- Screening Requirements for Carriers: Section 273(e) of the Immigration and Nationality Act authorizes the Department of Homeland Security to establish procedures that carriers must undertake for the proper screening of their alien passengers prior to embarkation at the port from which they are to depart for the United States in order to become eligible for an automatic reduction, refund or waiver of a fine imposed under section 273(a)(1). To be eligible, the carrier must provide evidence to CBP that it screened all passengers on the conveyance in accordance with the procedures listed in 8 CFR 273.3. Some examples of such evidence include a description of the carrier's document screening training program, the number of employees trained, information regarding the date and number of improperly documented aliens intercepted by the carrier at the port(s) of embarkation, and any other evidence to demonstrate the carrier's efforts to properly screen passengers destined for the United States. (comments due by March 26; click here for CBP notice)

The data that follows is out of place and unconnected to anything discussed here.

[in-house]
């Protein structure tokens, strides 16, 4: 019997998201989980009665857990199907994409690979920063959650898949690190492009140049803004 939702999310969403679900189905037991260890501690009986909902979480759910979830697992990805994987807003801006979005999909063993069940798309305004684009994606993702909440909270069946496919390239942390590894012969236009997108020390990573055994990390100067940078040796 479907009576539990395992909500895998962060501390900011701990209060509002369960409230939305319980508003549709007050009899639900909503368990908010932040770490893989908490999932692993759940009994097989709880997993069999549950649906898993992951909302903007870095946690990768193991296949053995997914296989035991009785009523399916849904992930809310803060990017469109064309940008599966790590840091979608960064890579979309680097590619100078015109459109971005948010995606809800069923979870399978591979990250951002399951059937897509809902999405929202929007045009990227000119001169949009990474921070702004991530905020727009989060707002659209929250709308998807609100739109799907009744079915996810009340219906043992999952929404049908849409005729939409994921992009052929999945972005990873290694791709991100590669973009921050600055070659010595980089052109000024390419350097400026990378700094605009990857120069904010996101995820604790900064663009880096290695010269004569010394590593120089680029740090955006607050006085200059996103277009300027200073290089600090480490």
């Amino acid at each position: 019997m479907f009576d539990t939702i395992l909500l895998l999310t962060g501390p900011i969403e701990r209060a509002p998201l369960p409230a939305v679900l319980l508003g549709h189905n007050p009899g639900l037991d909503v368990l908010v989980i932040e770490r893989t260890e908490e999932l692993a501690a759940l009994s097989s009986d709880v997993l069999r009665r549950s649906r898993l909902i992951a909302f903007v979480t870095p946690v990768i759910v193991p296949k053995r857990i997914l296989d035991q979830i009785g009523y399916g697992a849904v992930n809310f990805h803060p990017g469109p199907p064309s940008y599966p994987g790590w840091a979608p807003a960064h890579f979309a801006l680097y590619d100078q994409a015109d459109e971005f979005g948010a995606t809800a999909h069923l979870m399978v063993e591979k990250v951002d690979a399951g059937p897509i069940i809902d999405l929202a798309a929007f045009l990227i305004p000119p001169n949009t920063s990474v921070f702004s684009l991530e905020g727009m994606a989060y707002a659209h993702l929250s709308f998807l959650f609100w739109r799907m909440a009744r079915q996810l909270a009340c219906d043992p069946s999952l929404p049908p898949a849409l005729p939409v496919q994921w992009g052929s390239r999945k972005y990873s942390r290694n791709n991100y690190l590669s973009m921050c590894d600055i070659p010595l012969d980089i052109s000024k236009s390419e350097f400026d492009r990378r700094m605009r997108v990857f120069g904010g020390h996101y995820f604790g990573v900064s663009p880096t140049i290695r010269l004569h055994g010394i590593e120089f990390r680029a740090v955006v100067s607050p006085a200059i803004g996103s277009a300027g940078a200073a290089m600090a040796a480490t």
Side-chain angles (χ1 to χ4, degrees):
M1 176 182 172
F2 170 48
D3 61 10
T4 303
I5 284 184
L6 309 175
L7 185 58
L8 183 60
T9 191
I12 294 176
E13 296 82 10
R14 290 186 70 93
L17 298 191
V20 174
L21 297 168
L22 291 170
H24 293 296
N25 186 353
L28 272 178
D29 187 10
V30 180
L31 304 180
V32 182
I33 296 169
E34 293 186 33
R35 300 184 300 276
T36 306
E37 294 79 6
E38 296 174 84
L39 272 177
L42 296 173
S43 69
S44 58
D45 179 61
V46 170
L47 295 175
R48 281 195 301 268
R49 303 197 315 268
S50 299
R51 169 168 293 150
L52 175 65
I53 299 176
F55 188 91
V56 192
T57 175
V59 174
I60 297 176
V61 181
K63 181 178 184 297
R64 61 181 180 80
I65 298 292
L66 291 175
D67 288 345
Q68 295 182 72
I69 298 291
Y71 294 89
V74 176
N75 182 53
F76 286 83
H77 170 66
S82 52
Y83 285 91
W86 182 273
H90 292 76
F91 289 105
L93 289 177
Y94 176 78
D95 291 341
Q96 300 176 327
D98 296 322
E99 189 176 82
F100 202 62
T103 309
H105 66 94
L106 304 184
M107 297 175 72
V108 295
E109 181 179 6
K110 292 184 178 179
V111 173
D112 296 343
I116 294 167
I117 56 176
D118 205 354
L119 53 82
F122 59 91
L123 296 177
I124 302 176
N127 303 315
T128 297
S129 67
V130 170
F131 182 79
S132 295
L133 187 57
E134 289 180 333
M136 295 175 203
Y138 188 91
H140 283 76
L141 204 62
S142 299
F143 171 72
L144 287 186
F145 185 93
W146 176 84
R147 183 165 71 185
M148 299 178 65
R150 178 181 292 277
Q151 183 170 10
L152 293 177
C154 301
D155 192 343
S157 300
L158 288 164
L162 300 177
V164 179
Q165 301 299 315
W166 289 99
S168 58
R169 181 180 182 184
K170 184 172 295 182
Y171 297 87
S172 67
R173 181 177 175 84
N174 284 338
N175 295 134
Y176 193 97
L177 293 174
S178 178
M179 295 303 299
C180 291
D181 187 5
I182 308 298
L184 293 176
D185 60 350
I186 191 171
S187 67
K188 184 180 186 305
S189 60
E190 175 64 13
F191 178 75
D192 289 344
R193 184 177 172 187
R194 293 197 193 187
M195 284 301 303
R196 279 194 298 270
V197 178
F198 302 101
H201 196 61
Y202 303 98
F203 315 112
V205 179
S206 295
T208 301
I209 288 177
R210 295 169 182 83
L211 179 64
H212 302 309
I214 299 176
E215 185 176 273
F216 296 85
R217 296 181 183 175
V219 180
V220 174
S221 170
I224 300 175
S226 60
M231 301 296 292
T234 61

- Declaration of Persons Who Performed Repairs or Alterations: Articles entered under HTSUS subheadings 9802.00.40 and 9802.00.50 are articles that were in the U.S. and were exported temporarily for repairs. Upon their return, duty is only assessed on the value of the repairs performed abroad and not on the full value of the article. This declaration is used to determine the value of the repairs and includes information such as a description of the article and the repairs, the value of the article and the repairs, and a declaration by the owner, importer, consignee or agent having knowledge of the pertinent facts. (comments due by April 23; click here for CBP notice)